Increasing the AROM following this operation is imperative to the patient's complete recovery [6, 9, 10]. Both increased time at end range (of motion)  and stretch-bracing  are suggested for before and after the surgical procedure, providing the most effective course of action for the prevention and reduction of knee flexion contracture following TKA. The dynamic splinting could achieve both objectives, stretching and increased time at total end range.
Dynamic splinting utilizes the biomechanical adaptation of keeping the joint at end-range to achieve a physiological change of molecular realignment to elongate the connective tissue [5, 14, 15]. This protocol of low-load, prolonged-duration stretch with dynamic tension continually reduces the contracture.
Cook et al  revealed how pre-operative care in a comprehensive "Joint Replacement Program" (JRP) could benefit 74 TKA patients. Patients began this program 1–2 weeks prior to the TKA which exposed the patient to the protocols in the comprehensive treatment program and performed a full battery of tests to evaluate the pure difference before and after the TKA with the JRP. After the TKA the JRP used "Aggressive Physical Therapy" and while the JRP was considered very successful, not all of their patients achieved full knee extension .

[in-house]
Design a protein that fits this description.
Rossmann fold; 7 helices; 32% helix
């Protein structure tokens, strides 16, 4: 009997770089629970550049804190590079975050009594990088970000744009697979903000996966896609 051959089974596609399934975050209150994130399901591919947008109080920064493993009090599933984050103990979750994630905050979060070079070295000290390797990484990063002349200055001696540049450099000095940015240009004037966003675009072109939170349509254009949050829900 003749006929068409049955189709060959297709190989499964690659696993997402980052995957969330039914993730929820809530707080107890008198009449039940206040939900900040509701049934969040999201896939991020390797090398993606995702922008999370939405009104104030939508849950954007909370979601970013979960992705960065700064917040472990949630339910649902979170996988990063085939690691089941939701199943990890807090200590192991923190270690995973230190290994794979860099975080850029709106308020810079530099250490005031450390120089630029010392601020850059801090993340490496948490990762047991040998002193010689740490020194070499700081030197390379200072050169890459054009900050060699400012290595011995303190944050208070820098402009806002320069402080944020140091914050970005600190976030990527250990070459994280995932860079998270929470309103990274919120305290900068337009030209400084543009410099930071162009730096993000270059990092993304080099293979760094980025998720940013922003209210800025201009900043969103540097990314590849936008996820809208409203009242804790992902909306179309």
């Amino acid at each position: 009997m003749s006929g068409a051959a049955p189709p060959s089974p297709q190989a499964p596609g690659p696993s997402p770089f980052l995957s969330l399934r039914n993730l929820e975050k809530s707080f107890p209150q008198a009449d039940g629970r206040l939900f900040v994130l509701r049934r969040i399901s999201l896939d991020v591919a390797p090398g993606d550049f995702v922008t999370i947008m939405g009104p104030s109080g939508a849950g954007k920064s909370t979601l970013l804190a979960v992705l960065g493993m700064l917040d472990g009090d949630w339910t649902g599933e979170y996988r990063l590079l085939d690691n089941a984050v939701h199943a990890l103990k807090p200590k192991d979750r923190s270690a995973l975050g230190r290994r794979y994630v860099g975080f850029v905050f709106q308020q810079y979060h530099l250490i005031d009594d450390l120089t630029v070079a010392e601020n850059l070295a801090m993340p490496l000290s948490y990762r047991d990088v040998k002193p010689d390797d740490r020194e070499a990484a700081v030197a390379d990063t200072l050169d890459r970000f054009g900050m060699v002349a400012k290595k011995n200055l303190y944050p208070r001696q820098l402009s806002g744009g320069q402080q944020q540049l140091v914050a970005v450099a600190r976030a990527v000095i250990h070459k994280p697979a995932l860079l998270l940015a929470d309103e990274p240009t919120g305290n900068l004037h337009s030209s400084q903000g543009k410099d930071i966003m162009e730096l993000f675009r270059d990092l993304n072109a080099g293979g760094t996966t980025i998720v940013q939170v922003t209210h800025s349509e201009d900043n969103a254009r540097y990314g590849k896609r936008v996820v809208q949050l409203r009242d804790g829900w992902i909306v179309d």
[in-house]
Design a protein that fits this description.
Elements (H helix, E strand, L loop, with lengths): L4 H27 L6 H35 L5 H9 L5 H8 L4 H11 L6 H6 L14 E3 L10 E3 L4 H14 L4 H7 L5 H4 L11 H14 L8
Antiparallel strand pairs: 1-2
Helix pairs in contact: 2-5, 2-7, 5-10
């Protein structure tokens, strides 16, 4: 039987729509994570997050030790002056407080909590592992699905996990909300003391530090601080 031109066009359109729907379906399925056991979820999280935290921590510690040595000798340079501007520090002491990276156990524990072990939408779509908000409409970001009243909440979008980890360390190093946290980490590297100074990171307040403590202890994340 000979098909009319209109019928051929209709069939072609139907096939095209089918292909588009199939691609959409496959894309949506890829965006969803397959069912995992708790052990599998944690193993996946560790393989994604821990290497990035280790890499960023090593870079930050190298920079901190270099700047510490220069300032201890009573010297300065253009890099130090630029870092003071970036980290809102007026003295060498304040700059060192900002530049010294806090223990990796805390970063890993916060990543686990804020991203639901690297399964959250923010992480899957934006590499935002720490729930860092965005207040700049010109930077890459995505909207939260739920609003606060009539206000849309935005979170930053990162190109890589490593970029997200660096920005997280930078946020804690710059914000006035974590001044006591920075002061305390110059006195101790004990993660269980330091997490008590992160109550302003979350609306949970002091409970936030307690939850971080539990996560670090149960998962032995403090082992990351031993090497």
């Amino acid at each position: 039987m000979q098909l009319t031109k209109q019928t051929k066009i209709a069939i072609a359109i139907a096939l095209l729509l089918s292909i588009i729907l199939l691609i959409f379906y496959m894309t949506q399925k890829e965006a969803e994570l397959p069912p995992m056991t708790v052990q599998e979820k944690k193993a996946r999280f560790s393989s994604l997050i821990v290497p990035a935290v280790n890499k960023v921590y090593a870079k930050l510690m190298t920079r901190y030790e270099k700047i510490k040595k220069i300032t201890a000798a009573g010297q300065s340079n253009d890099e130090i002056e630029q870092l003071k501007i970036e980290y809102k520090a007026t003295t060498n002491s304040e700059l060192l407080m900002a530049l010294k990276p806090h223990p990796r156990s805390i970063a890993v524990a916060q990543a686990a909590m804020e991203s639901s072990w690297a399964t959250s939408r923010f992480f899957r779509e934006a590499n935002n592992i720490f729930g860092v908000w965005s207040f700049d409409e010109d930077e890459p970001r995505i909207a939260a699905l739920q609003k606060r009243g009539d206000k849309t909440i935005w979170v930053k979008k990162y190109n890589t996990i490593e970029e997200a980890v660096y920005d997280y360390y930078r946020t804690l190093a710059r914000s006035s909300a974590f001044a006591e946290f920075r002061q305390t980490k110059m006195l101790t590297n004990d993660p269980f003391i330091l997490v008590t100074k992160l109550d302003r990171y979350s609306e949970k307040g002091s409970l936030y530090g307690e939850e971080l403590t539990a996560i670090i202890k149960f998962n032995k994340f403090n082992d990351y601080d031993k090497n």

The purpose of the report was to describe the benefits of using dynamic splinting as an adjunct to physical therapy in reducing contracture and regaining full knee extension following a TKA.
This patient was 61-year-old male (6'0", 200 lbs) who presented with knee flexion contracture following a total knee arthroplasty, and his pre-operative maximal active range of motion (AROM) was -5° from full extension; (informed consent was obtained from this patient.) The patient was active in amateur golf and fitness training but had a 30 year history of previous knee injuries, osteoarthritis, and four previous knee surgeries. Following the TKA his active range of motion (AROM) was -20° in extension but knee flexion was unimpaired. The patient was reportedly previously active in sports and fitness training and would be compliant to all procedures and modalities used in the clinic and as home therapy.
Physical therapy was begun as primary intervention for this patient, one month following the TKA, and the protocols and modalities used included the following: Galvanic Stimulation ×15' + ice pack, Kinesiotape for swelling reduction, interferential current-electrical stimulation -80–150 mhz ×20', and 300 mv muscle stimulator at home in Russian and galvanic stimulation modes 2–3 x/day for 2 weeks.